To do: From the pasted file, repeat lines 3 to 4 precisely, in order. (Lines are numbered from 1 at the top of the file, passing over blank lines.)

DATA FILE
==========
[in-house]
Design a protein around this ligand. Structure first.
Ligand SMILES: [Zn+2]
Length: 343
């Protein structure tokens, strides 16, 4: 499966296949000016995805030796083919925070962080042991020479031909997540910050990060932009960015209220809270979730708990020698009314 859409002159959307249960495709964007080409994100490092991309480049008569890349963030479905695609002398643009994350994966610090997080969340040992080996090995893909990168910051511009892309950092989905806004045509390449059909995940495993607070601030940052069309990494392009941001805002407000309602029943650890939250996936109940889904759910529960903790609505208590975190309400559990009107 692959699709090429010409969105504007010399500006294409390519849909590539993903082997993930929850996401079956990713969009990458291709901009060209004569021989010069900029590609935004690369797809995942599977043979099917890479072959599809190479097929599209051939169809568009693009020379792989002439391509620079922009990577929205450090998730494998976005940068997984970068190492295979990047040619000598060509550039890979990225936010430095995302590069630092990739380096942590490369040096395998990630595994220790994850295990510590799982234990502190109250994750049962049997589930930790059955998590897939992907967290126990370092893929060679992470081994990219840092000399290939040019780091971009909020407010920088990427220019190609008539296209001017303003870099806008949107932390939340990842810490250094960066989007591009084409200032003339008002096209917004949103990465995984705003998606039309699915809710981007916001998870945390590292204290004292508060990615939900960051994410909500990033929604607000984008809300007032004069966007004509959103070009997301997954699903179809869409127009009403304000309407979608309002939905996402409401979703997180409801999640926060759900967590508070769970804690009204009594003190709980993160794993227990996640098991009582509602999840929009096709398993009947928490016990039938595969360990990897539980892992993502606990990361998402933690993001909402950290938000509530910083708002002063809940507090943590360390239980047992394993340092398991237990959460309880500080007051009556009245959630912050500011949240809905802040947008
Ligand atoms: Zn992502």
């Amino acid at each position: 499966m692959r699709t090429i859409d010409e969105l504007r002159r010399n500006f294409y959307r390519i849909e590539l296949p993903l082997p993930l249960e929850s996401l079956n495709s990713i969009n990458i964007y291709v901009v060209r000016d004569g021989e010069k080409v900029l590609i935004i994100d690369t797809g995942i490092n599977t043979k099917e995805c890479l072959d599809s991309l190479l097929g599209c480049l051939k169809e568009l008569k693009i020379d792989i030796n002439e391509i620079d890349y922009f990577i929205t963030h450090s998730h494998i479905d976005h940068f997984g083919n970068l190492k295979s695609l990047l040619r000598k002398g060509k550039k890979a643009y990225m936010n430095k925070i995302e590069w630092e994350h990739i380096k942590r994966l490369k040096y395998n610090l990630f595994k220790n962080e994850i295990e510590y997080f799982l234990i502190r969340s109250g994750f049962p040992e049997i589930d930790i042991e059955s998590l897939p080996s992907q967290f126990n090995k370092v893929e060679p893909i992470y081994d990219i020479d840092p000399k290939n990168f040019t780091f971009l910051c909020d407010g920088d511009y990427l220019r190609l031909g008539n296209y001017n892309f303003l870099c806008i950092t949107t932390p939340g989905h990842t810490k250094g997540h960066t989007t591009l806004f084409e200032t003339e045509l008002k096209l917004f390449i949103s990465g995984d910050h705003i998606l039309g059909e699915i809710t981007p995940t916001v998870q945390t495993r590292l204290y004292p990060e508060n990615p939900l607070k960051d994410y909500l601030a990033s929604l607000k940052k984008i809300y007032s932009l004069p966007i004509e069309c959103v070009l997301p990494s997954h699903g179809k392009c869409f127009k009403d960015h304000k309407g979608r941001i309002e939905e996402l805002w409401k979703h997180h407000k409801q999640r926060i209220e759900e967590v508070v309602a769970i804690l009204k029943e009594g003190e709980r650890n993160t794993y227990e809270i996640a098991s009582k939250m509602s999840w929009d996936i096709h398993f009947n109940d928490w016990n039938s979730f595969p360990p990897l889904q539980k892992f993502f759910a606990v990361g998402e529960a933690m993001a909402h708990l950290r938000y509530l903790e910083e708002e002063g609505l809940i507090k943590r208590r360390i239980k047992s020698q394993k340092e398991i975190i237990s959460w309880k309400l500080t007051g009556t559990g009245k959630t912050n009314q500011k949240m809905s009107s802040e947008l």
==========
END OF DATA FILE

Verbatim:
Ligand SMILES: [Zn+2]
Length: 343